Monday, February 14, 2011

So Who Was St. Valentine, Anyway?

So who was St. Valentine, anyway?
The first Valentine was a Roman priest martyred under the Emperor Claudius II in 269 or 270 AD, the second was a Bishop of Terni killed in the same century, and little is known of the third who died in Africa.
St Valentine’s Feast Day falls on 14 February, on which day lovers have customarily exchanged cards and other tokens of affection. It is not clear why Valentine should have been chosen as the patron saint of lovers, but it has been suggested that there may be a connection with the pagan Roman Festival of Lupercalia. During this Festival, which took place in the middle of February, young men and girls chose one another as partners. Legend, no doubt embellished if not entirely fictional, has it that the Roman Valentine resisted an edict of the Emperor forbidding the marriage of young men bound for military service, for which offence he was put to death.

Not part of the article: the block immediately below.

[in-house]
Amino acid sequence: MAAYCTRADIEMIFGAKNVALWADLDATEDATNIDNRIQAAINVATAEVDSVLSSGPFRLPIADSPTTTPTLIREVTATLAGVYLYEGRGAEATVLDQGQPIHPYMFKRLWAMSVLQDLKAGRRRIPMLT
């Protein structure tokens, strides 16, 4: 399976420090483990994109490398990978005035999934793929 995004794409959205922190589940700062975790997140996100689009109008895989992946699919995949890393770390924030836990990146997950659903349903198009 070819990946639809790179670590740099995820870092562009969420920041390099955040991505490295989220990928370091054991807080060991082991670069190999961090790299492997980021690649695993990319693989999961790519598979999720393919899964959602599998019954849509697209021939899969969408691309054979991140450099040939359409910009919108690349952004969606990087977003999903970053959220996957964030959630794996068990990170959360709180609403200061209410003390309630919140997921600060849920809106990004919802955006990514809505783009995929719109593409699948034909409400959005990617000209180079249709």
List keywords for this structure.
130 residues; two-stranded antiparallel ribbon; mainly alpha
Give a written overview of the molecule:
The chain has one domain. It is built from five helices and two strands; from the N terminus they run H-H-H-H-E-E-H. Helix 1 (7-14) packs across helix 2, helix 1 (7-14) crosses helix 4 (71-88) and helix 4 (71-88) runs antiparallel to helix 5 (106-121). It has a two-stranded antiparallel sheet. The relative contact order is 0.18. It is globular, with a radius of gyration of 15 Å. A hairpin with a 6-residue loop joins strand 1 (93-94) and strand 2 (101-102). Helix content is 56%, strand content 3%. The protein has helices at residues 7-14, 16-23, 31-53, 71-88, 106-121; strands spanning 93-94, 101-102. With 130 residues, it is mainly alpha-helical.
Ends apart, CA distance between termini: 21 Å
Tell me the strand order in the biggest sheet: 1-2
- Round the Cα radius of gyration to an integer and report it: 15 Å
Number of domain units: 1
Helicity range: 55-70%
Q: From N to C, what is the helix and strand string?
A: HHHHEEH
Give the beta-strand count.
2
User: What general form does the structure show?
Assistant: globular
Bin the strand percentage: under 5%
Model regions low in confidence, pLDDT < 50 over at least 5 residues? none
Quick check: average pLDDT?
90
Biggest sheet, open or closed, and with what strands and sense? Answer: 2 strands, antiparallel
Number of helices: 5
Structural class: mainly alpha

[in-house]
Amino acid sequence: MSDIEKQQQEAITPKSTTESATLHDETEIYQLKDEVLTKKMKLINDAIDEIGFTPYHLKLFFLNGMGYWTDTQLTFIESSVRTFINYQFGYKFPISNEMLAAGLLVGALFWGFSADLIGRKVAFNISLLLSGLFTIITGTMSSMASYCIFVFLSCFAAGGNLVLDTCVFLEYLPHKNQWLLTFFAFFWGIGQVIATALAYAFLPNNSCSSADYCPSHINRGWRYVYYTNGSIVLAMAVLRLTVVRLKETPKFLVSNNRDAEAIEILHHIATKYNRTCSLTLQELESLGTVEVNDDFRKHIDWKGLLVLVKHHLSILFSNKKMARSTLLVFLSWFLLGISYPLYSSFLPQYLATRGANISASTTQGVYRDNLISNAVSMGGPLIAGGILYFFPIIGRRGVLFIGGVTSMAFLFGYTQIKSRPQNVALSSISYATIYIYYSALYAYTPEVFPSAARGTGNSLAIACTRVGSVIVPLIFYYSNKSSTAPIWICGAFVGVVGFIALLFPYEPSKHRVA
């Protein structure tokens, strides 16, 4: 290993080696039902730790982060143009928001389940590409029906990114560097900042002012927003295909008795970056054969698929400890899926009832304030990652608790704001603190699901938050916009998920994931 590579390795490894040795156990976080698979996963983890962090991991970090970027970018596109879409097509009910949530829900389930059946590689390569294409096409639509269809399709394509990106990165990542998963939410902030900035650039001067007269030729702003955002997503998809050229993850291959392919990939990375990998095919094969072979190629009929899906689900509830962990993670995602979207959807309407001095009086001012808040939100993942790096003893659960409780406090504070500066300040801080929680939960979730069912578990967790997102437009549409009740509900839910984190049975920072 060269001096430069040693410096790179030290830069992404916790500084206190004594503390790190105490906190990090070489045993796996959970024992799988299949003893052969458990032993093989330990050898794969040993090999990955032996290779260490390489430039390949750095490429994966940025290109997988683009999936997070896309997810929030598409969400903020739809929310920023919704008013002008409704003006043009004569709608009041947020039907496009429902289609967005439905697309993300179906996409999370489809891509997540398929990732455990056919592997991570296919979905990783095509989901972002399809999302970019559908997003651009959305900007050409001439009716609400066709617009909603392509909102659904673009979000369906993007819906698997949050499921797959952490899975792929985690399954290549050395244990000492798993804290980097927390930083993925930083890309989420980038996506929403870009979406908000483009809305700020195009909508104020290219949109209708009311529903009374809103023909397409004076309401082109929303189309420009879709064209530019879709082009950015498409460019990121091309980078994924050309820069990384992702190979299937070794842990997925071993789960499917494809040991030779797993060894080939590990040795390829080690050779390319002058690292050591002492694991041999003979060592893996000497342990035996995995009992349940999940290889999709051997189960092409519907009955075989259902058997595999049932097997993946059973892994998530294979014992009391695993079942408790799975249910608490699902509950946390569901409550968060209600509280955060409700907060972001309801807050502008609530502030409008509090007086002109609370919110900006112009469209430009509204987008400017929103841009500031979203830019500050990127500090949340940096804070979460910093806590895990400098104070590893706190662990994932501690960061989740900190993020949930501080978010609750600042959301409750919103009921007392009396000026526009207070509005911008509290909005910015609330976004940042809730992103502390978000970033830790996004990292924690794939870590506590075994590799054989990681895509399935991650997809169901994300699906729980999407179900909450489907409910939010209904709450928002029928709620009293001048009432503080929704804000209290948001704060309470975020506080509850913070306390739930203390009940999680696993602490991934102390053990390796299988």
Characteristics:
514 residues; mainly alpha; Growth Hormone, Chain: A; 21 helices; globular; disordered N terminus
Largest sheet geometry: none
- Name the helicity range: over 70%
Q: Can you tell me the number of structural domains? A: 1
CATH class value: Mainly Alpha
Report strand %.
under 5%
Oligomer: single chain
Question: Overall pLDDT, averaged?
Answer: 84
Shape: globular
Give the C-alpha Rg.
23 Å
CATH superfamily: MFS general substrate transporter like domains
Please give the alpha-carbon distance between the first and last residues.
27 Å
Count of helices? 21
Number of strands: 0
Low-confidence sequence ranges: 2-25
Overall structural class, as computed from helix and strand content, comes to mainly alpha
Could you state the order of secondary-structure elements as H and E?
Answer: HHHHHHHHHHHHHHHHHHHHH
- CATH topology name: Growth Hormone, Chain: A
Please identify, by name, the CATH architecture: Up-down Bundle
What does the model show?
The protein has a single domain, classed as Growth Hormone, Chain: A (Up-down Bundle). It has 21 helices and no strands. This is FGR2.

Valentine’s Feast is also linked with the belief that birds are supposed to pair on 14 February, which legend provided the inspiration for Chaucer’s ‘Parliament of Fowls’. The crocus, which starts to bloom in February, is called St Valentine’s Flower. The earliest Valentine letter is found in the fifteenth-century collection of Paston Letters. The general custom of sending tokens on Valentine’s Day developed during the nineteenth century, and in the present century has spread to the east, where it appears to be particularly popular in Japan. The exchange of Valentine cards, flowers, sweets and other gifts has thus become a multi-million dollar international industry. It is estimated that in excess of one billion Valentine cards are sent each year in the United States of America alone.

From: The Deacon's Bench, referred by The Anchoress.